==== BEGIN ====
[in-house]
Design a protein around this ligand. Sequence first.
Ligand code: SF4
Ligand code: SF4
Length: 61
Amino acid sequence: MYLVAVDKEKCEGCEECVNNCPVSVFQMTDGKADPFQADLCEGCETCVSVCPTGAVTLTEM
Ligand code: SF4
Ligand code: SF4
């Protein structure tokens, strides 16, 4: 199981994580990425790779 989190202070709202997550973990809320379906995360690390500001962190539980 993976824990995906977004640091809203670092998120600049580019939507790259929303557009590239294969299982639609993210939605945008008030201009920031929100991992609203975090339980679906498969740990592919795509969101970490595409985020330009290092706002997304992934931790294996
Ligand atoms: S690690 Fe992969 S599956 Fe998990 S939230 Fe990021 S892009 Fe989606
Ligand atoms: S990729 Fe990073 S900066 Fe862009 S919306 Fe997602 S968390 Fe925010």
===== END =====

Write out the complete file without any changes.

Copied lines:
[in-house]
Design a protein around this ligand. Sequence first.
Ligand code: SF4
Ligand code: SF4
Length: 61
Amino acid sequence: MYLVAVDKEKCEGCEECVNNCPVSVFQMTDGKADPFQADLCEGCETCVSVCPTGAVTLTEM
Ligand code: SF4
Ligand code: SF4
């Protein structure tokens, strides 16, 4: 199981994580990425790779 989190202070709202997550973990809320379906995360690390500001962190539980 993976824990995906977004640091809203670092998120600049580019939507790259929303557009590239294969299982639609993210939605945008008030201009920031929100991992609203975090339980679906498969740990592919795509969101970490595409985020330009290092706002997304992934931790294996
Ligand atoms: S690690 Fe992969 S599956 Fe998990 S939230 Fe990021 S892009 Fe989606
Ligand atoms: S990729 Fe990073 S900066 Fe862009 S919306 Fe997602 S968390 Fe925010």